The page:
Read Genesis 50:15-21
The older we get, the more life experiences we acquire. Some are successes, giving us great memories of achievements when an outcome went better than expected. Others are failures, providing a more vivid and sometimes painful recollection of a time/event that left us scarred. The common thread is that both events are points in our lives that develop us, based on how we respond, into the person we are and will become.
Joseph had one of those very painful experiences when his brothers sold him into slavery as a young man. His brothers were so jealous of the favoritism shown to him by their father that they wanted him out of the picture by any means. Having family that disliked Joseph so much to sell him into slavery had to have left strong feelings of confusion and despair with Joseph. This event in Joseph’s life set him onto a path that would eventually lead to a position of success. However, many years later, the tables were completely turned when Joseph had to address those past events that so drastically influenced his life, face to face with his brothers.
That event is pretty extreme in relation to family disagreements today, but the pain that results from arguments with family or friends can leave us regretting things we said or did. How do we move past events that have happened that grip us with fear when we are around those we offended? Let’s take a look at it from two perspectives from today’s scripture:
The brother’s fear was rooted in acceptance and how Joseph would treat them now that their father had passed and Joseph was in a position of authority. Due to the harsh way they treated Joseph when he was young left them wondering if he would show them mercy or possibly payback! They approached Joseph just like we should with those we’ve wronged – in humility. It’s difficult to do, but acknowledge the mistake from the past and seek forgiveness from that friend or family member.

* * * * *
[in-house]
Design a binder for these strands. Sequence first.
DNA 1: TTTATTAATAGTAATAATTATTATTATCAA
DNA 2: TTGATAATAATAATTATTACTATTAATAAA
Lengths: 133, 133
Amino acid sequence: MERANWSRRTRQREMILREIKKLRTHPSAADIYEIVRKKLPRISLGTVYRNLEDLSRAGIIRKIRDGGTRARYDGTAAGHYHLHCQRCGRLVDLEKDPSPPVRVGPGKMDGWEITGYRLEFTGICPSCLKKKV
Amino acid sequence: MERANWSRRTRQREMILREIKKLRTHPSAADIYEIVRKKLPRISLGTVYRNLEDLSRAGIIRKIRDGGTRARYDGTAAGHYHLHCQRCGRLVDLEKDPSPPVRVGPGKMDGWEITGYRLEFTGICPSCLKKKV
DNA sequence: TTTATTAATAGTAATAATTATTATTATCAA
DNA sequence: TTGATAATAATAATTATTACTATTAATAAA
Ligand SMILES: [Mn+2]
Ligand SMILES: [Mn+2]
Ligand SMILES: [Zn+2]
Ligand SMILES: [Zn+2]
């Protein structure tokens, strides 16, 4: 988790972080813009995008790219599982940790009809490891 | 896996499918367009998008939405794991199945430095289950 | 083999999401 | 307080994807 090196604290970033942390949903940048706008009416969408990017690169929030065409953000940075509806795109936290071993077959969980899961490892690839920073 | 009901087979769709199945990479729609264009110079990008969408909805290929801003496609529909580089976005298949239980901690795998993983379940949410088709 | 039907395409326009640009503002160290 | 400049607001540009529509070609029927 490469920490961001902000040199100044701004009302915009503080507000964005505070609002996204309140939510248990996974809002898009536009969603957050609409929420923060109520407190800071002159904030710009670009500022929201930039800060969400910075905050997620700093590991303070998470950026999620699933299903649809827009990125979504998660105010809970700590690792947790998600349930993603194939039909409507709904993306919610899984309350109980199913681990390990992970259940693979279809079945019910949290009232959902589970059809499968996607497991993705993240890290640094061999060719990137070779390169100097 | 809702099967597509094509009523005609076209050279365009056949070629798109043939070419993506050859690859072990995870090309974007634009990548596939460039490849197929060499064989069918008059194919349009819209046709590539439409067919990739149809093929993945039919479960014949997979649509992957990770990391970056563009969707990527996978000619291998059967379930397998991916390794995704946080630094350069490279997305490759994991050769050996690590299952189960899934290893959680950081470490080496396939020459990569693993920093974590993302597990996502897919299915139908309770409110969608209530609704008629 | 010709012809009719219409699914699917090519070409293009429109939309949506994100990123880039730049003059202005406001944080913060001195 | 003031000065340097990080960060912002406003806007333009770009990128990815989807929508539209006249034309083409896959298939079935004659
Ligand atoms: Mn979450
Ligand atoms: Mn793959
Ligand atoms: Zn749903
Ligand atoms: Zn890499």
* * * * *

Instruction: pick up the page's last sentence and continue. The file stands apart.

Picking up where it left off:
Joseph definitely took the high road when it came to forgiving his brothers. The shock Joseph had to have had upon seeing his brothers for the first time in many years had to have been overwhelming, but he realized there was a plan in place as he explains in verse 20: “You intended to harm me, but God meant it for good.” Amazingly, Joseph realized that God positioned his life-altering experience as a young man to set him up to save many lives, including his father, brothers, and their families.
When those thoughts of fear start to creep up and tell you that “you aren’t good enough to get past your failures”, give those fears to Jesus through prayer. Talk to another church attender, Grace group leader, or friend and ask for their prayers for reconciliation with that person. Then move towards that call, text, or email to that family member that you have a painful past experience with and let them know you were in the wrong. It’s a big step, but asking for forgiveness is freeing and can help move you in the direction of eliminating those fears.